Background: The role of homocysteine in atherosclerosis is unclear. We examined the relationship between plasma homocysteine and infrarenal aortic calcification, the presence of homocysteine in human atheroma and the influence of homocysteine on osteogenic differentiation . in vitro. Methods and results: In 194 patients with symptomatic peripheral artery disease or abdominal aortic aneurysm, fasting plasma total homocysteine was independently associated with the severity of infrarenal aortic calcification measured by Computer Tomography Angiography (odds ratio 1.91, 95% confidence interval 1.17-3.21 for calcification ≥median). Homocysteine was identified in all 60 atheroma biopsies from 16 patients undergoing endarterectomy, and concentrations were significantly greater in the calcified biopsies (. p=. 0.003). . In vitro studies demonstrated that 100. μmol/L homocysteine doubled the calcium deposition by mesenchymal stem cells during 16 days incubation in osteogenic medium (74. ±. 4 compared to 42. ±. 5. μg calcium/well without homocysteine, . p<. 0.001). Homocysteine also stimulated monocytic THP1 cells to promote aortic smooth muscle cell calcification as evidenced by significant higher calcium deposition and alkaline phosphatase activity compared to incubation without homocysteine (. p≤. 0.05). Conclusions: Homocysteine plays an important role in vascular calcification via multiple mechanisms. The presence of homocysteine in atheroma and its ability to enhance osteogenic cell differentiation may partly explain the association of homocysteine with atherosclerotic events.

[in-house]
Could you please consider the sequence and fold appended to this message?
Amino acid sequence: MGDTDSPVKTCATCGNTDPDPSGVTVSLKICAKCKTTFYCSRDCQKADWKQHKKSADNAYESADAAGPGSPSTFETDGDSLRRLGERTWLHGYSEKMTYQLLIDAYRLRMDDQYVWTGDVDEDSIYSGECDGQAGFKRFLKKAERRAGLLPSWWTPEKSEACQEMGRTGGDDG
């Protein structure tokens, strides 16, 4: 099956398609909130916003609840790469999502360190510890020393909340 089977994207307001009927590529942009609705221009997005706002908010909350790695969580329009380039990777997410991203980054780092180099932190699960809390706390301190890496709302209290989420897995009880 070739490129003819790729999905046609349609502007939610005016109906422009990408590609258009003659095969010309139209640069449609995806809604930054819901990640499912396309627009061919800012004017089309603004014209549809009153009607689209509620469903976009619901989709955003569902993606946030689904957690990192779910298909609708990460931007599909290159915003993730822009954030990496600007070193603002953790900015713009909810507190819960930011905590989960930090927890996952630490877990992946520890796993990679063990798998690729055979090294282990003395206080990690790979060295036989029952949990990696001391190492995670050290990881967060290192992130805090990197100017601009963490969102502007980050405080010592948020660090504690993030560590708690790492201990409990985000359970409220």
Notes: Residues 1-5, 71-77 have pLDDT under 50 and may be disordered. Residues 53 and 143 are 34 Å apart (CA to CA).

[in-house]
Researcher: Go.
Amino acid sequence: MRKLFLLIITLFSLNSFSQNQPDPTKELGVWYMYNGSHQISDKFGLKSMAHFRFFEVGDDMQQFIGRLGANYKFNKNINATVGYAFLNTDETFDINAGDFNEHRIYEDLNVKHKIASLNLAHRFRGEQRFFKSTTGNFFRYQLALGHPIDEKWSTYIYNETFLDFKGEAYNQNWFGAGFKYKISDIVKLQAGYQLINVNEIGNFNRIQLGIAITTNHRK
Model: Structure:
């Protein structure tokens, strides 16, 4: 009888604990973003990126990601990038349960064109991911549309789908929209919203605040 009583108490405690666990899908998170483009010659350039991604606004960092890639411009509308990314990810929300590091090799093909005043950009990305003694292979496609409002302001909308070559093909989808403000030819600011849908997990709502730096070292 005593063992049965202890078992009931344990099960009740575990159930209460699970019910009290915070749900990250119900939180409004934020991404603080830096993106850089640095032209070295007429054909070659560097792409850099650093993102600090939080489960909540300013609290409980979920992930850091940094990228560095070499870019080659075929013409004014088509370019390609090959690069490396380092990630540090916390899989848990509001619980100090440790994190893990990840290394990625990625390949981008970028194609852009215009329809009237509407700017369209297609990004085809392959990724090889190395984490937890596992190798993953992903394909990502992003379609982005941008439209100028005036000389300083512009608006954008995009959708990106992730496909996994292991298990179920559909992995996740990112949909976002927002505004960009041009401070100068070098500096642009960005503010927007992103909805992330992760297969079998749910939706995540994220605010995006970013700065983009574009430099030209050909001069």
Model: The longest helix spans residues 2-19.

|Original language||English (US)|
|Number of pages||10|
|State||Published - Feb 2009|
All Science Journal Classification (ASJC) codes
- Cardiology and Cardiovascular Medicine
- Osteogenic differentiation